Apple Faces Potential 500 Million Euro Fine From European Union Over Spotify Complaint





The European Union may slap Apple with a 500 million Euro fine for breaching competition laws over complaints filed by Spotify five years ago.

The fine, which equals $539 million, would be one of the biggest fines a big tech company has been issued from the European Union, according to the Financial Times. The penalty stems from a formal complaint Spotify made in 2019, which alleged Apple tried to stifle competition between music streaming apps. Apple doesn’t let companies bill for services through a company’s app, but instead has customers pay through the Apple App Store’s billing services — which includes a cut owed to Apple itself.

Spotify said it had to increase the monthly subscription cost to cover the 30% commission fee Apple charges apps to operate on its App Store. The price increase would make Spotify more expensive than Apple’s own competing service, Apple Music.

The European Union has new rules surrounding fair competition called the Digital Markets Actt, which largely target Big Tech companies such as Apple and Meta. The European Union passed the rule in 2022 to encourage fair business practices, and companies must show compliance by March 6.

The Digital Market Act aims to prevent big companies from gatekeeping digital content, which Spotify claims Apple is doing in this instance with in-app payments. The new legislation strives to open competition for various digital interactions, such as messaging and payment options, and essentially break up digital monopolies established by the big names in tech. Last month, Apple unveiled its new App Store policy for in-app purchases, which Spotify quickly ripped.

The European Union is expected to make its judgment in March. While a large figure, it’s still less than initially proposed. The European Union considered issuing the maximum penalty of 10% of Apple’s annual global turnover, or about $40 billion. The decision will ban Apple from blocking music services from alerting users of cheaper alternatives outside the App Store.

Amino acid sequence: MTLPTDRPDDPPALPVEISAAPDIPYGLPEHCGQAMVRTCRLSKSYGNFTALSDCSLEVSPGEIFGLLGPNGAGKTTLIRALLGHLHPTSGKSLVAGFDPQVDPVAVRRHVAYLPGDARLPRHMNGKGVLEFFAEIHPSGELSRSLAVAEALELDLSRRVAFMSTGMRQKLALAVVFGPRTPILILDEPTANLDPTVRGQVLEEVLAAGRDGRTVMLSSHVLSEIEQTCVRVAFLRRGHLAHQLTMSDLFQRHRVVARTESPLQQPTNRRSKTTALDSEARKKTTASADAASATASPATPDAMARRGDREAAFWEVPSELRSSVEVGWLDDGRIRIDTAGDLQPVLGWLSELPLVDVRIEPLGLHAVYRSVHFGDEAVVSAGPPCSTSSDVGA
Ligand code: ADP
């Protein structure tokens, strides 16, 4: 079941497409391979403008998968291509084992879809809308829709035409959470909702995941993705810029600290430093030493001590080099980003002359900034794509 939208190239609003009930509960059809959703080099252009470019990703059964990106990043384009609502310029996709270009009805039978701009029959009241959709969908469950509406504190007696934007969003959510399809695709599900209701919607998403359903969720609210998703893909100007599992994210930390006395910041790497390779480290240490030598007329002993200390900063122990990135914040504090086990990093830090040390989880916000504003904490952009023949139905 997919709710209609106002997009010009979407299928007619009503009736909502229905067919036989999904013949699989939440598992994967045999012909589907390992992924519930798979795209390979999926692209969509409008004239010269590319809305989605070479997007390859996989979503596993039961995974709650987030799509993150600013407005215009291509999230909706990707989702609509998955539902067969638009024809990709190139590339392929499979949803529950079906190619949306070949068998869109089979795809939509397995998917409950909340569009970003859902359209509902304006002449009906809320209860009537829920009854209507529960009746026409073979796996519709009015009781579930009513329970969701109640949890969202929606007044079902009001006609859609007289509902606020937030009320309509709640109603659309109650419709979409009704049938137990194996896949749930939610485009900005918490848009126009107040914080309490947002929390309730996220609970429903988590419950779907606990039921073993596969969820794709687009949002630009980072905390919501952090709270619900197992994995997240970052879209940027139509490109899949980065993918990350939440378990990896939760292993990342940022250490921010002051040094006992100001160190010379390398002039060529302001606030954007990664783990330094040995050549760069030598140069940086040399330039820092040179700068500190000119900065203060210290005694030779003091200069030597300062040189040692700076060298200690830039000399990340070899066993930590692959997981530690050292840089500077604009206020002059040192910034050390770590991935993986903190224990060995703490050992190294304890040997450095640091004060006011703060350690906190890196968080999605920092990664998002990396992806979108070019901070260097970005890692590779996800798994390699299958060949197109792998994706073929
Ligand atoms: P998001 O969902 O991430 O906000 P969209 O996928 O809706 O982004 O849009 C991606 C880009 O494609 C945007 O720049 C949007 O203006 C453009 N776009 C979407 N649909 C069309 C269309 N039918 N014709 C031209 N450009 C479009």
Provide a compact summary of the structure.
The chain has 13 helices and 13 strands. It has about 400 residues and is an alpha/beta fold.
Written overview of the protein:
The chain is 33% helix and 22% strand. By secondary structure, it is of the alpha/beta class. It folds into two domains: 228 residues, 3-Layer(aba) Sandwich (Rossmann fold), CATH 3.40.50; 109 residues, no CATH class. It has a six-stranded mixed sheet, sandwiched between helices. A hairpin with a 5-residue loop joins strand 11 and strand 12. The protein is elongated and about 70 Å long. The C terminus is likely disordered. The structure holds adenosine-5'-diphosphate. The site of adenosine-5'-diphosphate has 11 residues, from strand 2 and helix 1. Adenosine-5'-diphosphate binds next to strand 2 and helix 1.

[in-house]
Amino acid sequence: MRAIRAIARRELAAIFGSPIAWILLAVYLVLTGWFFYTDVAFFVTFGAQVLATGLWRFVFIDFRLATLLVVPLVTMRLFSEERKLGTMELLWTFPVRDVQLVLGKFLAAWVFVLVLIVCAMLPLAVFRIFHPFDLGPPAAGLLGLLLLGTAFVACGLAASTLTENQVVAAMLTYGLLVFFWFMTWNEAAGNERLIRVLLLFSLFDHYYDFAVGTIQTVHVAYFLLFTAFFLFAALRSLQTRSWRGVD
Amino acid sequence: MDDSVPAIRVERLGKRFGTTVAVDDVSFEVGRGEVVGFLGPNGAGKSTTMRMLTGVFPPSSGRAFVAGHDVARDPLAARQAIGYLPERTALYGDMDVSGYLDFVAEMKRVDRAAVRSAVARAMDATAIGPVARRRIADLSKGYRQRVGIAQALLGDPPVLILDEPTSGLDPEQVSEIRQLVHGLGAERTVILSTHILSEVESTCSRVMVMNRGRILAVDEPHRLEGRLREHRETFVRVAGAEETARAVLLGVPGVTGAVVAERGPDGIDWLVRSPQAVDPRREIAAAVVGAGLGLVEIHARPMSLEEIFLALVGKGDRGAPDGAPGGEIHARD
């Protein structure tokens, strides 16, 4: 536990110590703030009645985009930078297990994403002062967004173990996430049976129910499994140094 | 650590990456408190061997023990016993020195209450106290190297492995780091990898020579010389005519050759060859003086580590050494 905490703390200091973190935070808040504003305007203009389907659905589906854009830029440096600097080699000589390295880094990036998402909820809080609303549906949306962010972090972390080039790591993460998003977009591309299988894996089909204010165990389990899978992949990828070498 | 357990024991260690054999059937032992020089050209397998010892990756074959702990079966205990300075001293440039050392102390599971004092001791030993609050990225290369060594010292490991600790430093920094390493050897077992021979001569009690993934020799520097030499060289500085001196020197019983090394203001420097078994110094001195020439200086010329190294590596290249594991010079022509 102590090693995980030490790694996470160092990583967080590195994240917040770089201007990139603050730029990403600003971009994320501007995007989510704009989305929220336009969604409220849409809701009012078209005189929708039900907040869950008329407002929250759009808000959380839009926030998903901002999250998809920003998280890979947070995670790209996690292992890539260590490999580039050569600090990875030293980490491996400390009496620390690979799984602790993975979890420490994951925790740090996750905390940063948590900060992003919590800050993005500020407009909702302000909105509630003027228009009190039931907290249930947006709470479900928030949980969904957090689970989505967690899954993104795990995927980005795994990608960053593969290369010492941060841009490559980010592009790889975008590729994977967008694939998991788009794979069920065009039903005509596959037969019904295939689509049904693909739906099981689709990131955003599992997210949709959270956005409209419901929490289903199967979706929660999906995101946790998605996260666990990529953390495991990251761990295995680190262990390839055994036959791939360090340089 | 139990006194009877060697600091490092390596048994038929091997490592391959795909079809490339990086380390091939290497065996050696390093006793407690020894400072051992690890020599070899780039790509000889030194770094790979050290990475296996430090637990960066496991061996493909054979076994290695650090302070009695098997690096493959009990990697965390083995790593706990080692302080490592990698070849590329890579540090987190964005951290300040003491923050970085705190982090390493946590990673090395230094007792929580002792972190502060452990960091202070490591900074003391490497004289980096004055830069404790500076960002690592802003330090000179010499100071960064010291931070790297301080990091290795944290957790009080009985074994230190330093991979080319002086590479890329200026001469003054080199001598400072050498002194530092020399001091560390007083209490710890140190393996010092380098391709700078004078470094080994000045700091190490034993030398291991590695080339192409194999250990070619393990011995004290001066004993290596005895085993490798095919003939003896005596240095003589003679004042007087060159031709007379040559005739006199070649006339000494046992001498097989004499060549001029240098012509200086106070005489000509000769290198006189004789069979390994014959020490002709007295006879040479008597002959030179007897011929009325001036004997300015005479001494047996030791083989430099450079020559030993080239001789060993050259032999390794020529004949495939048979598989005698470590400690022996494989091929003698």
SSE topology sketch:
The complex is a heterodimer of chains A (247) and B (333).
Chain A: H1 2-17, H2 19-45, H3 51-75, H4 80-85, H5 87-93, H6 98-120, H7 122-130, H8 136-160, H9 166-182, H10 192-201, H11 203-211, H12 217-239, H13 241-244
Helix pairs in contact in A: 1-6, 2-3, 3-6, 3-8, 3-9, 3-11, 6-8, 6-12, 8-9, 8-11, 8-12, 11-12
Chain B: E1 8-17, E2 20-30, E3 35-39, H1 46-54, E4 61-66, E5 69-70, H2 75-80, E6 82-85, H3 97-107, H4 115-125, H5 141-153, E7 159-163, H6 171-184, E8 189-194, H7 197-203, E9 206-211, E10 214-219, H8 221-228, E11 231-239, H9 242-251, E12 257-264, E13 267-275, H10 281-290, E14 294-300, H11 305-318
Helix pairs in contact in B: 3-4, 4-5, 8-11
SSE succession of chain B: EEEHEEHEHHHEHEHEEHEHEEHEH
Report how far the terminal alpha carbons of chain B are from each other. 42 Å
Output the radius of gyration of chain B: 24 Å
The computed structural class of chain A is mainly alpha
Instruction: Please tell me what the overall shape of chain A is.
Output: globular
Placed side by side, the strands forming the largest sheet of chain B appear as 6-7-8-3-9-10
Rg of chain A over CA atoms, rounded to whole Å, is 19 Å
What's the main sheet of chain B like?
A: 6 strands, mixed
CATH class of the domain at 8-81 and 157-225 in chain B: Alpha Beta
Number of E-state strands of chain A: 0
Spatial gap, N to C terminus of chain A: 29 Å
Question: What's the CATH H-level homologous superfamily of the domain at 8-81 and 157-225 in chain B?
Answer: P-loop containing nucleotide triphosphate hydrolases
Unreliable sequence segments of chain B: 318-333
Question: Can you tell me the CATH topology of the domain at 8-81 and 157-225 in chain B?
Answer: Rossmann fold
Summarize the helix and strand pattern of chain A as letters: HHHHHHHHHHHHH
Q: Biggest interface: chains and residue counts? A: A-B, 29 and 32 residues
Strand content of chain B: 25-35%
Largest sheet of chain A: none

However, the European Union cut some of the charges facing Apple, such as its Apple in-app payment system last year. 

“We’re pleased that the Commission has narrowed its case and is no longer challenging Apple’s right to collect a commission for digital goods and require the use of the In-App Payment systems users trust,” said an Apple spokesperson after the European Union’s decision in 2023. “The App Store has helped Spotify become the top music streaming service across Europe, and we hope the European Commission will end its pursuit of a complaint that has no merit.”

Spotify filed the complaint in 2019. At the time, Spotify’s CEO and founder, Daniel Ek, said the rules “purposely limit choice” and “stifle innovation” at users’ expense. 

The European Union issued a Statement of Objections in 2021. Many of the original claims were dropped, such as the In-App Purchase claim. It has since focused the case on anti-steering rules alleging Apple restricted apps from letting users know about cheaper subscription alternatives outside the App Store, violating European Union competition laws. The Commission won’t challenge Apple’s right to collect a commission for digital goods.

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